Installing Games JavaScript Style

I bought the Humble Mozilla Bundle earlier this week and I wanted to take a moment to show people what it looks like to install a JavaScript game in the browser.

When I login to my Humble Bundle account, I get this at the top of the page.

Now, I click play and it installs.

Then I play freaking FTL: Advanced Edition in the freaking web browser!

Room For Improvement

Games are big pieces of software. Making them playable inside the browser isn't a short order. Loading all the resources, like graphics, audio, and all that fun, is big.

When I tried to play FTL in the browser, it took a few hours to load the first time. I mean, it's downloading the whole thing. The second time around, it up within a few minutes, and I this time I noticed that "This page is requesting more than 50MB of space message" as I didn't leave it overnight to load.

Clearly there is room for improvement, but this is still a huge step forward for the way we can distrubute games and other software.

The Point

This is a real use case of companies taking their non-JavaScript software and making it accessible via the browser.

Take any LOB application that you want to port forward, and consider that you could make it accessible through a web portal, or inside of SharePoint, or whatever.

Now, you just worry the the game works in the browser and not the specific platforms.

Thanks for Playing. ~ DW

Humble Bundle Games Go JavaScript

Last week, I noticed a playable game on the Firefox start page. The link at the base of the page lead me to this:

You can buy games on Steam and play them in the browser or on your desktop through Steam.

That. Is. Amazing.

I've bought the bundle already as I was already eyeing Democracy 3. But being that we can compile game code into optimized JavaScript that runs in the browser is a game changer.

My Point

This is complex code, requiring high performance, running in the browser that wasn't written in JavaScript. In my mind, it proves that JavaScript is the official connective tissue for all languages to all platforms.

Have an app in C++? Compile it to JavaScript and try it in the browser before you buy it. Have a C# app? Compile it to JavaScript and make a web-based version. Prefer Java over JavaScript? Compile it to JavaScript and you're back in the browser.

My worlds are colliding, and it is freaking awesome.

Thanks for playing. ~ DW

ThatOneVideoGamer Brought To You By: Me

Yep, that's me. It's all me. It's awesome!!!!

Let me explain.

The Completionist

During my bit of professional soul searching, I rediscovered my true passion for video games. In that time, I found ThatOneVideoGamer on YouTube and really started to look at YouTube and web-based video as a serious entertainment medium.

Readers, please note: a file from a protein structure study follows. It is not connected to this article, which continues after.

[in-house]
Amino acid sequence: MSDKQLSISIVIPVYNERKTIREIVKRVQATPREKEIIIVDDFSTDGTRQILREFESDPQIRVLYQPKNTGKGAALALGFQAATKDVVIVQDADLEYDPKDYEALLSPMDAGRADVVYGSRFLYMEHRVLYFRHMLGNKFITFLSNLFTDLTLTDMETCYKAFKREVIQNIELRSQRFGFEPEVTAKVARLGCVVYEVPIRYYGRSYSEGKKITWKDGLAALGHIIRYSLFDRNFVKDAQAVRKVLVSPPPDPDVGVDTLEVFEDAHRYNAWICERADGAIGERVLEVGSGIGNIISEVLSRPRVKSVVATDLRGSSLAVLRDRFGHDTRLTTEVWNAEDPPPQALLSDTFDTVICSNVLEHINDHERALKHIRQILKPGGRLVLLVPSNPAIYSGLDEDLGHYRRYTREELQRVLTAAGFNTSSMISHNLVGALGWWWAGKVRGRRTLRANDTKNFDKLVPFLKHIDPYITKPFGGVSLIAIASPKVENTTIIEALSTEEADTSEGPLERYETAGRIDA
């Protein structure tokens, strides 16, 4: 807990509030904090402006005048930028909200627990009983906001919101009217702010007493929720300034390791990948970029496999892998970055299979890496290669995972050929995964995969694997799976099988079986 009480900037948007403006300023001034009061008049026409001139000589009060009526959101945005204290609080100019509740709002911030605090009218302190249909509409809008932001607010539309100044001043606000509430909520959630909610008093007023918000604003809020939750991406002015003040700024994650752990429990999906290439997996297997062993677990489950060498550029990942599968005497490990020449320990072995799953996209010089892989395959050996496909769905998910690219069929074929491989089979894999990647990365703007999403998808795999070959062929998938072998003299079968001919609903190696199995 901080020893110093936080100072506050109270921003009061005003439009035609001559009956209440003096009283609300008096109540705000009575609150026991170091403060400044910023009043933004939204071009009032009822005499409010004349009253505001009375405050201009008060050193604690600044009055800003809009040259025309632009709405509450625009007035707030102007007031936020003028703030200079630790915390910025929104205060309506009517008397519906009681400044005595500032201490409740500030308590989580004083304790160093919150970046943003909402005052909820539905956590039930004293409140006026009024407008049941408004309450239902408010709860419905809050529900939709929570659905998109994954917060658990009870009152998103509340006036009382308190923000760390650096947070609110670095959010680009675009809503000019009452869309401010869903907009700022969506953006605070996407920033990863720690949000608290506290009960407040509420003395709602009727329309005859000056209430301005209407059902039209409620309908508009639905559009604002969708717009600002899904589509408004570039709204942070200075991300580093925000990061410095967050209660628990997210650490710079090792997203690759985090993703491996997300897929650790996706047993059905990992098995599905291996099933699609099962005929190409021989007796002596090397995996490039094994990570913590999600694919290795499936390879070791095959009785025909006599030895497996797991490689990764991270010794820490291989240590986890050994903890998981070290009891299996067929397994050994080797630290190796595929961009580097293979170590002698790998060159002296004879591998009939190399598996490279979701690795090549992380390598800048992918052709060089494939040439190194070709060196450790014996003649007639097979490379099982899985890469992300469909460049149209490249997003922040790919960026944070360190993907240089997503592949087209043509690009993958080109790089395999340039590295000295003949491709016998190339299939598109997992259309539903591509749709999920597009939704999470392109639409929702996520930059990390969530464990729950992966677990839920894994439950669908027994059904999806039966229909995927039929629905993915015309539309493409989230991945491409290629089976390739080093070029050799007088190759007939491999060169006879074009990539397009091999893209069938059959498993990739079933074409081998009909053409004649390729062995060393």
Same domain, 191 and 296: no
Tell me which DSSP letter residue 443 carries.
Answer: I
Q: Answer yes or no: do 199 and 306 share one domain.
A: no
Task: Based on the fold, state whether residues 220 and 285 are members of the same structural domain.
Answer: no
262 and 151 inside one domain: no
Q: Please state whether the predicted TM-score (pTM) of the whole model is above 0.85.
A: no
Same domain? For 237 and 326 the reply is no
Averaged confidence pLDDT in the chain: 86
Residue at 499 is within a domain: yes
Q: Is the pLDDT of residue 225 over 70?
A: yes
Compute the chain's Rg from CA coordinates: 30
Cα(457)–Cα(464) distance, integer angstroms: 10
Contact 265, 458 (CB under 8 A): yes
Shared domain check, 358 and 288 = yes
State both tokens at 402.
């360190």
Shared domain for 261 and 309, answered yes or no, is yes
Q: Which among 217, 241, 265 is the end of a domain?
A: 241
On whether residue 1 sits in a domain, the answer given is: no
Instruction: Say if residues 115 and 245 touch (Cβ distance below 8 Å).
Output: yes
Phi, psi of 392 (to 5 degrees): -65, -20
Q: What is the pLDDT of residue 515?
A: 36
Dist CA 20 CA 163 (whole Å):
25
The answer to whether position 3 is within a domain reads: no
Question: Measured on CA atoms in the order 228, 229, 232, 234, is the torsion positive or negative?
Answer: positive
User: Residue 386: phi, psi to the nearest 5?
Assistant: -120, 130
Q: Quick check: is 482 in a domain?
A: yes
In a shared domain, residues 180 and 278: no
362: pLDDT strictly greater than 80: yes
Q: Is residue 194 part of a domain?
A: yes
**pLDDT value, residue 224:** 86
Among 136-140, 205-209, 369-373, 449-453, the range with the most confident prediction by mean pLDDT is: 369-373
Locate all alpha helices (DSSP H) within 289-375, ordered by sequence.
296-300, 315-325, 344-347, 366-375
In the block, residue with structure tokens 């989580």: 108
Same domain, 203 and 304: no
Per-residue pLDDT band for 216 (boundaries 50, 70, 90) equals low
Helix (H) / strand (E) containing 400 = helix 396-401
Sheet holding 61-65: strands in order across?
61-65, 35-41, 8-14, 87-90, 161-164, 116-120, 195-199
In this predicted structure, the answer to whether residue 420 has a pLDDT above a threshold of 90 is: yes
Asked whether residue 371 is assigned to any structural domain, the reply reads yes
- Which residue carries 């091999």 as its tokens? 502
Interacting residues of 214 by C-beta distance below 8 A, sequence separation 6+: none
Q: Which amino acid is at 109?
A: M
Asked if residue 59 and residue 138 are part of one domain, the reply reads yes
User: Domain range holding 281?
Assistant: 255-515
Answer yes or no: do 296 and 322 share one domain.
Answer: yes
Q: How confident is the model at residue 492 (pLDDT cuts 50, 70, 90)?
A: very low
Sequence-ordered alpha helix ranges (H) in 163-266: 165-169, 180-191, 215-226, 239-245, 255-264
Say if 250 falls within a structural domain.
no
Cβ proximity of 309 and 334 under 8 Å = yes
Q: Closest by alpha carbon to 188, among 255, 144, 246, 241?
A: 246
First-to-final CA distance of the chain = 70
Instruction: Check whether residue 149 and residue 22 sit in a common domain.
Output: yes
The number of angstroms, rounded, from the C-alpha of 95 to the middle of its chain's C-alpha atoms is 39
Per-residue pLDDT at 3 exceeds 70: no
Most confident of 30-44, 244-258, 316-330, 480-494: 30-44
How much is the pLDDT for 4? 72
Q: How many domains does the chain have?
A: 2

That lead me to the rest of their shows (links below) which are all professionally done, funny, and genuine. They've set a high standard for web-based videos, and I look forward to them continuing!

Long story short, I wanted to put my money where my mouth is and support this group that make shows that lead me to cancel my cable subscription.

The Point

No real point other than the team at ThatOneVideoGamer is great and if you like video games and video game humour, you should check out their shows.

If you really like them, then support them, like me.

Thanks for Playing. ~ DW

What is Bower?

I mentioned Bower last time when talking about npm.

If you haven't heard of it, neither of many people.

So, I'm going to fix that now.


Bower is an open-source client-side HTML package manager from the people that brought you Twitter Bootstrap and..well, Twitter I suppose. If you're a Ruby or Rails person, it's like Gems. If you're a .NET person, it's like Nuget. If you're a NodeJS person, it's like the npm.

In other words, it's nothing new.

But here's what makes it awesome: HTML and client-side JavaScript are BFFs within the world of HTML5. So, if you're using HTML or JavaScript in your client, Bower is going to make remembering and setting up development environments easy.

Here's what you do....

First you install it using npm. Oh, we're using the command line for this.

npm install -g Bower --save-dev

We covered this last time, except this time the -g flag is installing it globally, so I'll have access to it from in folder.

Next navigate to the root folder for your HTML/JavaScript project and do:

bower init

Answer all the questions, and now you'll have a bower.json that looks something like this.

Now it's all configured. Next time you pull your code from source control into a new location, you can just bower install and your dependencies will be installed into the bower_components file.

Don't want the devDependencies? Then use bower install --production and you're good to go.

You can even define a different installation directory with a .bowerrc file in your project. There are other options too you can configure too, but that one is the only one I use for my projects.

Conclusion

Package managers like Bower are nothing new, but for some reason, Bower remains moderately hidden to many that I talk to.

Oh, and because it's using NodeJS, it's platform agnostic, just like JavaScript and how I like my coding tools.

Thanks for playing. ~ DW

Always Use Node (Even on Non-Node Projects)

That's right. I said it: Always use Node, no matter what! Even if your server isn't going to be a Node server, just have it installed because you'll use it.